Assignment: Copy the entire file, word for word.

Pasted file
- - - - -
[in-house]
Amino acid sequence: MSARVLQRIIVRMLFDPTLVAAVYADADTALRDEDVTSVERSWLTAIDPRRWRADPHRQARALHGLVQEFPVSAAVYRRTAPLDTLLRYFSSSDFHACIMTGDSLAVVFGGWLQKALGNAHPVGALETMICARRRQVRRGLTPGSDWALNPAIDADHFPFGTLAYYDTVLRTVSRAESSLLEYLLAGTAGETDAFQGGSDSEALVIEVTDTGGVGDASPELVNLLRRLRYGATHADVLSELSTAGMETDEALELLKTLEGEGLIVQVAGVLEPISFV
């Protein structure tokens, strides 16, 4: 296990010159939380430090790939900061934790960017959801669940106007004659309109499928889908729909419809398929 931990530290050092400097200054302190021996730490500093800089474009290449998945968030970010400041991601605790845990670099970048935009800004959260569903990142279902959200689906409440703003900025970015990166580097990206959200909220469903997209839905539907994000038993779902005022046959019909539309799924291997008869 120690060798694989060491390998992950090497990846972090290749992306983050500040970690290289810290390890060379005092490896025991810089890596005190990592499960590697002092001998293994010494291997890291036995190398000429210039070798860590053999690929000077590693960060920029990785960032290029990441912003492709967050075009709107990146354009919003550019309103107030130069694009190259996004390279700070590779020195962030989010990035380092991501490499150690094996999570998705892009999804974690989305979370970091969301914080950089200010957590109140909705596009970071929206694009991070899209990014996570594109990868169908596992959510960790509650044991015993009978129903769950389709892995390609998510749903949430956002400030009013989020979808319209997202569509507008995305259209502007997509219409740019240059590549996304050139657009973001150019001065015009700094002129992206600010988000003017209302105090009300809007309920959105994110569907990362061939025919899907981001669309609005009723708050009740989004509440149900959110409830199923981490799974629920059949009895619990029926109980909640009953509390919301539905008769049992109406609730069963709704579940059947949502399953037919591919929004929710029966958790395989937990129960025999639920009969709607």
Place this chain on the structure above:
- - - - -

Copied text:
[in-house]
Amino acid sequence: MSARVLQRIIVRMLFDPTLVAAVYADADTALRDEDVTSVERSWLTAIDPRRWRADPHRQARALHGLVQEFPVSAAVYRRTAPLDTLLRYFSSSDFHACIMTGDSLAVVFGGWLQKALGNAHPVGALETMICARRRQVRRGLTPGSDWALNPAIDADHFPFGTLAYYDTVLRTVSRAESSLLEYLLAGTAGETDAFQGGSDSEALVIEVTDTGGVGDASPELVNLLRRLRYGATHADVLSELSTAGMETDEALELLKTLEGEGLIVQVAGVLEPISFV
């Protein structure tokens, strides 16, 4: 296990010159939380430090790939900061934790960017959801669940106007004659309109499928889908729909419809398929 931990530290050092400097200054302190021996730490500093800089474009290449998945968030970010400041991601605790845990670099970048935009800004959260569903990142279902959200689906409440703003900025970015990166580097990206959200909220469903997209839905539907994000038993779902005022046959019909539309799924291997008869 120690060798694989060491390998992950090497990846972090290749992306983050500040970690290289810290390890060379005092490896025991810089890596005190990592499960590697002092001998293994010494291997890291036995190398000429210039070798860590053999690929000077590693960060920029990785960032290029990441912003492709967050075009709107990146354009919003550019309103107030130069694009190259996004390279700070590779020195962030989010990035380092991501490499150690094996999570998705892009999804974690989305979370970091969301914080950089200010957590109140909705596009970071929206694009991070899209990014996570594109990868169908596992959510960790509650044991015993009978129903769950389709892995390609998510749903949430956002400030009013989020979808319209997202569509507008995305259209502007997509219409740019240059590549996304050139657009973001150019001065015009700094002129992206600010988000003017209302105090009300809007309920959105994110569907990362061939025919899907981001669309609005009723708050009740989004509440149900959110409830199923981490799974629920059949009895619990029926109980909640009953509390919301539905008769049992109406609730069963709704579940059947949502399953037919591919929004929710029966958790395989937990129960025999639920009969709607």
Place this chain on the structure above: